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In the constantly fluctuating game of consumer food pricing, where competition is still measured by the cent, supermarket companies are elevating in-house brands as they chase shoppers looking for ways to cut grocery bills.

While legacy food brands tend to inspire loyalty, in-house brands — often called private labels — help stores meet demand for more affordable products at a time when food and beverage inflation and high energy costs have kept prices high on the shelves.

"Consumers are really frustrated because their overall cost of living is increased [by] $6,000 a year over the last two years. … The only way for Minnesotans and U.S. and Canadian consumers to really mitigate inflation is by private label where the product is as good or better," said Burt Flickinger, global supermarket analyst at Strategic Resource Group.

As consumers grow more price-conscious, Aldi and Trader Joe's — whose private label brands are central to their stores — are in expansion mode, including in the Twin Cities. Aldi is expanding its reach even further with a new distribution center in Faribault, with plans to open hundreds more stores in the next few years. That means even more pressure on traditional supermarkets to expand their own brands.

A recent Star Tribune story comparing prices at a mix of Twin Cities grocery stores found the cheapest totals at Trader Joe's and Aldi. Representatives of some of the other included chains objected to the method, noting that their own store brands, sold alongside legacy brands, give shoppers cheaper options.

Twenty percent of U.S. consumer purchases are private label, Flickinger said; in Canada and Europe, he said, it's typically at least half the items in a shopper's cart. A report on private brands by FMI, a food-industry trade group, found that 60% of shoppers say they've been buying private brands much more or somewhat more over the past 12 months.

In April, Walmart, the country's largest grocer, added a new private label brand called Bettergoods to appeal to Gen Z and more affluent consumers. In the most recent annual report of the Private Label Manufacturers Association, released in March, more than half of Gen Z participants in a survey by the group said they "always or frequently" chose a store because of its store brands. Overall, according to the report, sales of private label brands are up 34% since 2019, including a 5% jump last year to a record $236.3 billion in sales.

Many of these goods are produced in the same factories as their name brand counterparts, Flickinger said.

Both Minnesota-based and national grocery chains with stores in Minnesota, including Lunds & Byerlys, Target, Hy-Vee, Cub and Walmart, have expanded private label offerings over the years.

At Minnesota-based Target, most items offered under various "owned brands" lines like Good & Gather and Favorite Day are under $5.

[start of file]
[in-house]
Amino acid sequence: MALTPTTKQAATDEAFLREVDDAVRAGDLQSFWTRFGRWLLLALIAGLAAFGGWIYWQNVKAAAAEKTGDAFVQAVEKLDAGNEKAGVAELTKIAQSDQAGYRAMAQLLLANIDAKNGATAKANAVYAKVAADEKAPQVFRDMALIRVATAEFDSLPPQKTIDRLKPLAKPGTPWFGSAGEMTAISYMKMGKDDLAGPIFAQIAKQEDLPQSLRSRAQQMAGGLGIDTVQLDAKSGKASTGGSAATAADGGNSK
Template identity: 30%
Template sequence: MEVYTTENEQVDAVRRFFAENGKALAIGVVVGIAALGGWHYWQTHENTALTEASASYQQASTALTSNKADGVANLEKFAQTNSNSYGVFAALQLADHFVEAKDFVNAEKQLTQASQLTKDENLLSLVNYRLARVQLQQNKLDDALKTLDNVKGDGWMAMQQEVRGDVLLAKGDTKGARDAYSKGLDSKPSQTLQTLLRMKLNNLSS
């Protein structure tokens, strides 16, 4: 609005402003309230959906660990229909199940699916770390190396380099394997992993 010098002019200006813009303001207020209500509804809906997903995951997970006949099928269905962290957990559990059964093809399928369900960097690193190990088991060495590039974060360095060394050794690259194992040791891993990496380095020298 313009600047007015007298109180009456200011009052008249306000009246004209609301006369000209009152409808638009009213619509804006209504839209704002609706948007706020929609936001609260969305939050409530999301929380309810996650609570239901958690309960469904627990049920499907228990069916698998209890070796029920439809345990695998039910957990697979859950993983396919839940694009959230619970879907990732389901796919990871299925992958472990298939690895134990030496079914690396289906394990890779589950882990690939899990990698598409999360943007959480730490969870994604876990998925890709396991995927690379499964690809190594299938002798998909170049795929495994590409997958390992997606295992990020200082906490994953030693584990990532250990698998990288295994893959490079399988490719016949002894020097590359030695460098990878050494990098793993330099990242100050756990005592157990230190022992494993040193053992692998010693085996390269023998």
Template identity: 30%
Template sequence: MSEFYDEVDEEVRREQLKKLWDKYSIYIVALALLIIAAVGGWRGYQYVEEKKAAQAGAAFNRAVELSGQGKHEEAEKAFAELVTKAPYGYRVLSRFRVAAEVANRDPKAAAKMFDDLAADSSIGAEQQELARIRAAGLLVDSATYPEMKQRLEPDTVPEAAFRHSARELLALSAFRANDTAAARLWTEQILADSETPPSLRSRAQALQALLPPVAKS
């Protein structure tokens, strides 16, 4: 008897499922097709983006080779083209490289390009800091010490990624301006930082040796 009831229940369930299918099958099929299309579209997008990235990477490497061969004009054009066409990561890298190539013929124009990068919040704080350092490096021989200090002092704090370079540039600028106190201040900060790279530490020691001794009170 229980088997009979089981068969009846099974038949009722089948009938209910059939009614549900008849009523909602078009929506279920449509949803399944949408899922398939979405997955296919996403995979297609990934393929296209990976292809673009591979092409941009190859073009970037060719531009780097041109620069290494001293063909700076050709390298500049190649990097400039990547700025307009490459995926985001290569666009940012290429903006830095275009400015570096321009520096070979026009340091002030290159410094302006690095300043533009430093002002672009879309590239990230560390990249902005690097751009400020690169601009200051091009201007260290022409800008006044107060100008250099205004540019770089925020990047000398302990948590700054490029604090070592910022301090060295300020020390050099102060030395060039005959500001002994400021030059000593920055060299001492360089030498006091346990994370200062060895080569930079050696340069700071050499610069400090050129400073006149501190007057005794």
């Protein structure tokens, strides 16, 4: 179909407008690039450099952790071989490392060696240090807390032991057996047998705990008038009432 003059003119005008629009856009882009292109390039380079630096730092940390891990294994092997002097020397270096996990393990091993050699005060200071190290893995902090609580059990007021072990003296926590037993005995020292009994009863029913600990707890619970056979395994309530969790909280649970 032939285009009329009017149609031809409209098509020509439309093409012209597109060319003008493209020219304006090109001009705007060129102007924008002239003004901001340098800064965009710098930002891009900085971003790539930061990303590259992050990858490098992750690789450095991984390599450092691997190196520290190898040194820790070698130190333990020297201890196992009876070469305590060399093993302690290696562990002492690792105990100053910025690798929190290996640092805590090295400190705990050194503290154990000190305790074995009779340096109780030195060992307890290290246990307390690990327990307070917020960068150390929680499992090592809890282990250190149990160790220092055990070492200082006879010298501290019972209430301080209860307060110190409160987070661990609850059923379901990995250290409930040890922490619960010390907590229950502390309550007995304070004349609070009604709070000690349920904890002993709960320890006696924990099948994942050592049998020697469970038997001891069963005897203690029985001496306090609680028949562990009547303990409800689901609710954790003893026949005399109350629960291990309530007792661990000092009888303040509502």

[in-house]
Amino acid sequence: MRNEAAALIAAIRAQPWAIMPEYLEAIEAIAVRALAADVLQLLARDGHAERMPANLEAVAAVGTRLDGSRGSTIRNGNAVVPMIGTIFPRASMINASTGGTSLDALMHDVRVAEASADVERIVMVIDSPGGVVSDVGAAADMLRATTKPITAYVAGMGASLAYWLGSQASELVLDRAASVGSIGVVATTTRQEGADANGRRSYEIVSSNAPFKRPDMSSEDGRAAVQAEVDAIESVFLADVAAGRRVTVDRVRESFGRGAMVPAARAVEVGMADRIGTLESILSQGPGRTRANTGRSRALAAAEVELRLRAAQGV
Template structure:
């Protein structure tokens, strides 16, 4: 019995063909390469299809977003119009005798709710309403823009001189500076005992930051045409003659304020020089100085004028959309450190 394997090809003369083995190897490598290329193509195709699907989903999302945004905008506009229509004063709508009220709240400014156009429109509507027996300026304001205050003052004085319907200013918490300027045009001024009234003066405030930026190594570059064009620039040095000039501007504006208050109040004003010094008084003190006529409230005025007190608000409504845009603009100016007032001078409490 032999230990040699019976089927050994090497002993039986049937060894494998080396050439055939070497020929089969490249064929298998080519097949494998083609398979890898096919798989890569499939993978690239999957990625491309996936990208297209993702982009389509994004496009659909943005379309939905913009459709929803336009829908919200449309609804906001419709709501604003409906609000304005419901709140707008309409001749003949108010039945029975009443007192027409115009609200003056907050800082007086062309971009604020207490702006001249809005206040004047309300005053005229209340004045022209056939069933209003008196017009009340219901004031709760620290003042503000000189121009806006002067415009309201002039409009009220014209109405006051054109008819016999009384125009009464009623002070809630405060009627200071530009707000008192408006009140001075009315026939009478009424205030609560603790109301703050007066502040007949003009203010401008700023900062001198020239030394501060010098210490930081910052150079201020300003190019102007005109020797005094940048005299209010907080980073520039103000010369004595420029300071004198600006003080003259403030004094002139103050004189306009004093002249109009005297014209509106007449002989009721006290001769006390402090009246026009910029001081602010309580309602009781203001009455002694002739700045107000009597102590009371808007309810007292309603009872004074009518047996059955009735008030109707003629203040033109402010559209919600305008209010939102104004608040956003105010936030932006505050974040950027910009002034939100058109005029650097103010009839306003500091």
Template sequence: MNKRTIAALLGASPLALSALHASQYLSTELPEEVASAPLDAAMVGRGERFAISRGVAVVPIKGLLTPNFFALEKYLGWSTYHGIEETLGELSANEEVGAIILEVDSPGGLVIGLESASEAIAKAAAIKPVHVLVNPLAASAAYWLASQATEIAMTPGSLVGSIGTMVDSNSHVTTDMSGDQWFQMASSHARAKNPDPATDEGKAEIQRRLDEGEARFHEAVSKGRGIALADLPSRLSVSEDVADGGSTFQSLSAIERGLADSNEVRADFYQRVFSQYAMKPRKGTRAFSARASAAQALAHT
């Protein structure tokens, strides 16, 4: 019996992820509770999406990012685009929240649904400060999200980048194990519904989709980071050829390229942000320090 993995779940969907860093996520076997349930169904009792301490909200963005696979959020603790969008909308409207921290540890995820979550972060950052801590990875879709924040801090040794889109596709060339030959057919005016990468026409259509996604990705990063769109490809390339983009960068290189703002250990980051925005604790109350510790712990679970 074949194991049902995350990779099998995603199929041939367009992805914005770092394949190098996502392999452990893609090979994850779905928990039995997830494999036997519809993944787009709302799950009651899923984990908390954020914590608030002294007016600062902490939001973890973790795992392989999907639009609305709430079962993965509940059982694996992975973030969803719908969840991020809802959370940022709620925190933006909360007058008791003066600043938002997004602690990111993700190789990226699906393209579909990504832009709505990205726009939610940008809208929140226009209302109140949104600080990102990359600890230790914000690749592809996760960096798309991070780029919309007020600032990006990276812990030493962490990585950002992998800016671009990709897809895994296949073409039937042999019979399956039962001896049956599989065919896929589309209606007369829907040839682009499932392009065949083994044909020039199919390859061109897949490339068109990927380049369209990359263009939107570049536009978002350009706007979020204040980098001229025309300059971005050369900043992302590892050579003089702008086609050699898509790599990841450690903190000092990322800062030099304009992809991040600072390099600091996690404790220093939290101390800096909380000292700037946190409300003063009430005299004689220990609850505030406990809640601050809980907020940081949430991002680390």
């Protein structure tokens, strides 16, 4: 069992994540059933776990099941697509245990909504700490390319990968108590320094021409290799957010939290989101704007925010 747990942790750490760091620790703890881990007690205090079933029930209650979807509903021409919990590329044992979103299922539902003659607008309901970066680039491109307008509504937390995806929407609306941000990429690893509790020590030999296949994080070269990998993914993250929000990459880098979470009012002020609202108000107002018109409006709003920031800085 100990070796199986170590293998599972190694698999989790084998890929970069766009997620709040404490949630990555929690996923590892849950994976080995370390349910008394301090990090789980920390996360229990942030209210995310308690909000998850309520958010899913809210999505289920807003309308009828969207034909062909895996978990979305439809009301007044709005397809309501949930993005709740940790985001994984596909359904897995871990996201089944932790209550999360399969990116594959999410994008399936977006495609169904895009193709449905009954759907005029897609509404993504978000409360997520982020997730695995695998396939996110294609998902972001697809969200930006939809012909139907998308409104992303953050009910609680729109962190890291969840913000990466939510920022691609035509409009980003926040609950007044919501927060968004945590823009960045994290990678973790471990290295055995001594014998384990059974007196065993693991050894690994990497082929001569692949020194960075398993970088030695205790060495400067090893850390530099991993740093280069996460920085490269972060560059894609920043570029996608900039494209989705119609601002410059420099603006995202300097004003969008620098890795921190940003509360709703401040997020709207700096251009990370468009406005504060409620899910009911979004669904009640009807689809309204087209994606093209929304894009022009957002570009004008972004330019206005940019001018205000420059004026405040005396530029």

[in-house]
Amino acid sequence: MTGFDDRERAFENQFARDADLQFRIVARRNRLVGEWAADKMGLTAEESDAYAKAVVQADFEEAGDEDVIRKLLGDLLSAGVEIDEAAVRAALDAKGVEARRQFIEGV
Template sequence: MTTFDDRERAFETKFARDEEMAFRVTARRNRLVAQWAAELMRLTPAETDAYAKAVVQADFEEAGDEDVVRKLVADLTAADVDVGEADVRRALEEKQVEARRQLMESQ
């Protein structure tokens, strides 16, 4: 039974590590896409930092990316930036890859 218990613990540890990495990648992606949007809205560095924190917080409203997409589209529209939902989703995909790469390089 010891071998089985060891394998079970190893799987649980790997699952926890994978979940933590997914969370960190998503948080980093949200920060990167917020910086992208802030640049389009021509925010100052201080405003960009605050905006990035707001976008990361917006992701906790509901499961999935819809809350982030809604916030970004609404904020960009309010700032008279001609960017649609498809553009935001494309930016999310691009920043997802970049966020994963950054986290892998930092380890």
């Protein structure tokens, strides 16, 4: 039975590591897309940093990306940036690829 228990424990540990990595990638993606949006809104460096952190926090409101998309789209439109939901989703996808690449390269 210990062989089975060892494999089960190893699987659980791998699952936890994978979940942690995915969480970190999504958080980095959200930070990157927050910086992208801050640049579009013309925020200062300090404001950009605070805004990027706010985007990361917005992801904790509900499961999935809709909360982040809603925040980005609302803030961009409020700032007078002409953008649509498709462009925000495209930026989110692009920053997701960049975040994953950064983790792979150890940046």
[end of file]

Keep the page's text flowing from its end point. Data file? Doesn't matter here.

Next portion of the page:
"We have gone from being a retailer that just sells food to a retailer that truly celebrates food. And in doing that, we have made Target a destination for food. Now, Good & Gather has played a key role in that at nearly $4 billion in sales," said Rick Gomez, Target food and beverage executive vice president, on a March investor call.

Target food and beverage sales are up by $8 billion since 2019, Gomez said on the call.

Hy-Vee stocks more than 50 private and value brands. Value brand That's Smart is designed to be less expensive and competitive with other retailers' value brands, Tina Potthoff, a Hy-Vee spokesperson, said in an email.

Potthoff said the strategy behind value brands is to give shoppers confidence that they can keep going to a preferred grocery store but also have access to quality items at prices lower than national brands.

"What is important is that there are options in the Twin Cities. Consumers don't need to shop a discount grocer to save money," Potthoff said. "The majority of grocery stores have choices and selections that can fit all budgets and lifestyles."

Lunds & Byerlys has seen cost increases from food manufacturers across nearly every category, said Curtis Funk, senior vice president of merchandising. The challenge has been finding ways to make sure it's not all passed on to customers, he said.

"It's just been really difficult as we've seen manufacturers take three and four different price increases since this all started," Funk said.

With four chefs on staff, the chain focuses on making good products rather than products that closely replicate mainstream brands. Marinara pasta sauce from Italy or the locally loved wild rice soup are two of the Lunds-branded offerings, which have expanded to include more than 5,000 items since the program's inception in 2004, Funk said.

Store loyalty programs like Target Circle or Lunds Extras have also been adjusted to lure in deals-minded shoppers. Target's Circle deals are now automatically applied at checkout for members. Lunds shoppers can clip coupons to their digital Extras account to scan at checkout.

The coupons in weekly ads in newspapers and on retailer websites are among the best ways to save cash, Flickinger said. Another shopping strategy he suggests is to shop every few days, rather than stocking up on bulk items on credit cards. Shop in person to avoid delivery charges and take advantage of sales, he added.

Funk said customers understand they'll have a different experience at Lunds or Aldi, both successful stores working hard to understand what customers value.

"We know who we are, we know what our customers' expectations are," Funk said, "and we're not going to deviate from that."